Jamaica's legislature ranks low among world's law making bodies
THE WORLD Economic Forum has released a report ranking Jamaica in the bottom half of countries around the globe with effective parliaments or law-making bodies. Singapore tops the list of 143 countries.
The Global Information Technology Report 2015 ranks countries from one to seven, with one being "not effective at all" and seven representing "extremely effective".
Jamaica earned a score of 3.4, which places the country in the bottom half of the countries with effective parliaments, joining others such as Pakistan, Zimbabwe, Greece and Bangladesh.
The World Economic Forum says the score represents the weighted average from an opinion survey done in 2013 and 2014.
The report comes as Jamaica's Parliament is involved in a phase of heavy legislative work, largely induced by requirements under the programme with the International Monetary Fund.
More broadly, the Parliament has been criticised for being slow and in need of reforms to make it a modern law-making institution.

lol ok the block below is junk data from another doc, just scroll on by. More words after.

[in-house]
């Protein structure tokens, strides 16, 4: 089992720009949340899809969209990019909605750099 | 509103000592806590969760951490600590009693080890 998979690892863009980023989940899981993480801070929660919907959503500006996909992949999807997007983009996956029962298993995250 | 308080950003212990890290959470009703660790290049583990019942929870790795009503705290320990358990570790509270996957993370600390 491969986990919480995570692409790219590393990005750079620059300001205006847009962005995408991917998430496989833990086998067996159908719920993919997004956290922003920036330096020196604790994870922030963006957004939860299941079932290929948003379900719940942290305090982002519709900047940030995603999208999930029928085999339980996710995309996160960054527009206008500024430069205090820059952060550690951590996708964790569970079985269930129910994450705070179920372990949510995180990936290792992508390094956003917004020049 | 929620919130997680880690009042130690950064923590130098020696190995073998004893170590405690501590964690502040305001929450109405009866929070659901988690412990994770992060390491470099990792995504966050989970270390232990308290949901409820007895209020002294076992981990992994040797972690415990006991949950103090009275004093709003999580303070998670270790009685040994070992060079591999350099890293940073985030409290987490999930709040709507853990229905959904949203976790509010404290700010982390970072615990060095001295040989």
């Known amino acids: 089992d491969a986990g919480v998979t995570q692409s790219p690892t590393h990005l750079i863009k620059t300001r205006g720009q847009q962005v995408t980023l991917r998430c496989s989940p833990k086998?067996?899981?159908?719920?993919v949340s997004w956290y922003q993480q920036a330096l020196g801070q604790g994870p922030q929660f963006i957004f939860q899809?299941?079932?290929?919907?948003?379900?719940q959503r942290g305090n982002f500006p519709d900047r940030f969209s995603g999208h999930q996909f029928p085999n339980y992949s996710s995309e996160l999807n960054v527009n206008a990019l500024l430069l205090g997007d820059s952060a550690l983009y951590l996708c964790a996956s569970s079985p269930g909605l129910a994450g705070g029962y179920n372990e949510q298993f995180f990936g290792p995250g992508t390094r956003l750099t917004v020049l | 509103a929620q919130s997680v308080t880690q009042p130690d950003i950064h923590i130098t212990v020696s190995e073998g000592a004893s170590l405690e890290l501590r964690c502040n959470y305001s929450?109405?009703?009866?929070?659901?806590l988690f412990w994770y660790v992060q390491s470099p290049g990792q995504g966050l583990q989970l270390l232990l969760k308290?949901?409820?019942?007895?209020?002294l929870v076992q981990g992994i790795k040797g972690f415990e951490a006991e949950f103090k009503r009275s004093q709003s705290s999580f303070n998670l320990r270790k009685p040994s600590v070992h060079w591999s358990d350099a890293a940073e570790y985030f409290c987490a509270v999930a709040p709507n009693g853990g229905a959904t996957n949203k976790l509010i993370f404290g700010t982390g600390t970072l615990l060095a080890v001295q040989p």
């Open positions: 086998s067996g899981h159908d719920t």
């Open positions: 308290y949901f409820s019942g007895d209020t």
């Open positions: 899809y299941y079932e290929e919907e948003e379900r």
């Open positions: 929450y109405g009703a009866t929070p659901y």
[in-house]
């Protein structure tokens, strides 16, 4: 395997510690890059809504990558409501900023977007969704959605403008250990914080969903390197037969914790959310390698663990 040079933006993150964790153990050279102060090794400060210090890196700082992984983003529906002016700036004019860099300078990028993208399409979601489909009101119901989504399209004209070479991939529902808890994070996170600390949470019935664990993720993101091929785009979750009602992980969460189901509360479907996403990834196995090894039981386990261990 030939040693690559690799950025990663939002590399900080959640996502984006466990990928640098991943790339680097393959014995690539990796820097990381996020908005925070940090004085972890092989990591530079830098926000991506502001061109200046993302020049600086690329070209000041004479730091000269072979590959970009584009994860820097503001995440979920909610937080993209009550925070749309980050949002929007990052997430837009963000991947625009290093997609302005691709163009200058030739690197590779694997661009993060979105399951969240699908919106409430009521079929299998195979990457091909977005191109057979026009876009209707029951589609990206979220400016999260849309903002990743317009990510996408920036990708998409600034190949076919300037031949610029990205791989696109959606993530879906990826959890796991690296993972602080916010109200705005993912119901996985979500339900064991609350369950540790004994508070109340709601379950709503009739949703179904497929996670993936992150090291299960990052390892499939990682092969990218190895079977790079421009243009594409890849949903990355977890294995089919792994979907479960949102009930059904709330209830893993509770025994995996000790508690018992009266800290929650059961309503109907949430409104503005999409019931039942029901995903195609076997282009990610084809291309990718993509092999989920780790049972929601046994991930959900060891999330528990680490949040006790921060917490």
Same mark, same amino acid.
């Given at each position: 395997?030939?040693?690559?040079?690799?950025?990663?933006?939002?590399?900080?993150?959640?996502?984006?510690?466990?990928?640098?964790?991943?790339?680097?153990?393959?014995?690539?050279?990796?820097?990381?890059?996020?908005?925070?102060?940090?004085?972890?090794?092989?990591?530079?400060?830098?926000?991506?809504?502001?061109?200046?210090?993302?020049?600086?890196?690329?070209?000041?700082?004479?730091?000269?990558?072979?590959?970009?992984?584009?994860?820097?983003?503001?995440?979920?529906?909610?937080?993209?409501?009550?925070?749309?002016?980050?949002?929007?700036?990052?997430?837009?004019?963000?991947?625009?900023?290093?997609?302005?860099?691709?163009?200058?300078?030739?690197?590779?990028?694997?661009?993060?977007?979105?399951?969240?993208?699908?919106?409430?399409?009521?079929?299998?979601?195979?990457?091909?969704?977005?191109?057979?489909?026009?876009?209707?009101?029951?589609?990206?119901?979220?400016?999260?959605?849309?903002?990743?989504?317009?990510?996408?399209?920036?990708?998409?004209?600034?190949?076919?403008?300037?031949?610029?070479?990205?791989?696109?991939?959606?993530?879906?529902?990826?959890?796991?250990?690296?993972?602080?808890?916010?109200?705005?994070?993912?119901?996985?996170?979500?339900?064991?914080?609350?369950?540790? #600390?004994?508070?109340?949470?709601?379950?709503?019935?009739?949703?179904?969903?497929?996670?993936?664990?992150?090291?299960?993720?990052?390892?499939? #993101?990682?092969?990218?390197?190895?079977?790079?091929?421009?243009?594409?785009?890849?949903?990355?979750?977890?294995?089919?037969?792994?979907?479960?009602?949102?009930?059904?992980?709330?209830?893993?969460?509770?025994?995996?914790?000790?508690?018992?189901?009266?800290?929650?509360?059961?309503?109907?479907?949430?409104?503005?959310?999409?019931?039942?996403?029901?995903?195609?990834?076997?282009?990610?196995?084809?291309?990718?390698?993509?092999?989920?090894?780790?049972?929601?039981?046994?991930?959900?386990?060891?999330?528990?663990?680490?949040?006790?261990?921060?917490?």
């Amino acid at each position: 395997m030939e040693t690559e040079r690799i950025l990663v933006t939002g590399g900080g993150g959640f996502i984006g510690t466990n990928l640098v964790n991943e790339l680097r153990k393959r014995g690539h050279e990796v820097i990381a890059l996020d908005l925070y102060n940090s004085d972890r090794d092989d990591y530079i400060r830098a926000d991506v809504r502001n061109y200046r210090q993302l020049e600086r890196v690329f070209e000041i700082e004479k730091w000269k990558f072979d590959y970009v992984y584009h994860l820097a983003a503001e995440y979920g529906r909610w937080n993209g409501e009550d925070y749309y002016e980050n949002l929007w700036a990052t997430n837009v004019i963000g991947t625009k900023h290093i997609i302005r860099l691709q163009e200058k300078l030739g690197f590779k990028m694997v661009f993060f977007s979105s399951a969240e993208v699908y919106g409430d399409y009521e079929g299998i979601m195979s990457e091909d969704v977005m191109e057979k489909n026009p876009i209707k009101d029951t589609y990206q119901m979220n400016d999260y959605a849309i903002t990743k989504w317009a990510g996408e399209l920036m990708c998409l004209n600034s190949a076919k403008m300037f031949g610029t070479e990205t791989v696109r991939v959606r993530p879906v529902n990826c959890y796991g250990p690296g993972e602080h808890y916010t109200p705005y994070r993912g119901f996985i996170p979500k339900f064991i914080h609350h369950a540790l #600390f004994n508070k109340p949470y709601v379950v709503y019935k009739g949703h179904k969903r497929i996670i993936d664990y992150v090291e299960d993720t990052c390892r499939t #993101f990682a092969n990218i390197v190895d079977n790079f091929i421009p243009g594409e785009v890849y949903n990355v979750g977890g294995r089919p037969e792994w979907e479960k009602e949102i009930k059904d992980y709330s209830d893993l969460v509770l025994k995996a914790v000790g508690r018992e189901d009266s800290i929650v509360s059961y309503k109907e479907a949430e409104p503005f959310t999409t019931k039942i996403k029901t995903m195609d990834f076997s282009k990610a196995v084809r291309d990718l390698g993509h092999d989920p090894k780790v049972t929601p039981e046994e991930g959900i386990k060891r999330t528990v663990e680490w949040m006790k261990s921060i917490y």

Parliament's two houses, the Senate and the House of Representatives, generally meet once per week, each.
Public perception of the work of legislators has not been positive. In a Gleaner-commissioned Bill Johnson poll last year, the average Jamaican believed that 70 per cent of Jamaica's elected officials are corrupt.
However, the World Bank believes that the work of Parliament can improve if the structure on Duke Street in Kingston is improved or a new one is built.
A team, in 2013, concluded that Parliament's infrastructure is woefully inadequate and significantly undermines the work of members of parliament, committees, and parliamentary staff.
Barbados, at 19th, is the Caribbean Community (CARICOM) country with the most effective law-making body.
Haiti, with a score of 2.1, is ranked the lowest at 135th.
Guyana and Trinidad and Tobago are the other CARICOM countries ranked higher than Jamaica at 75th and 80th, respectively.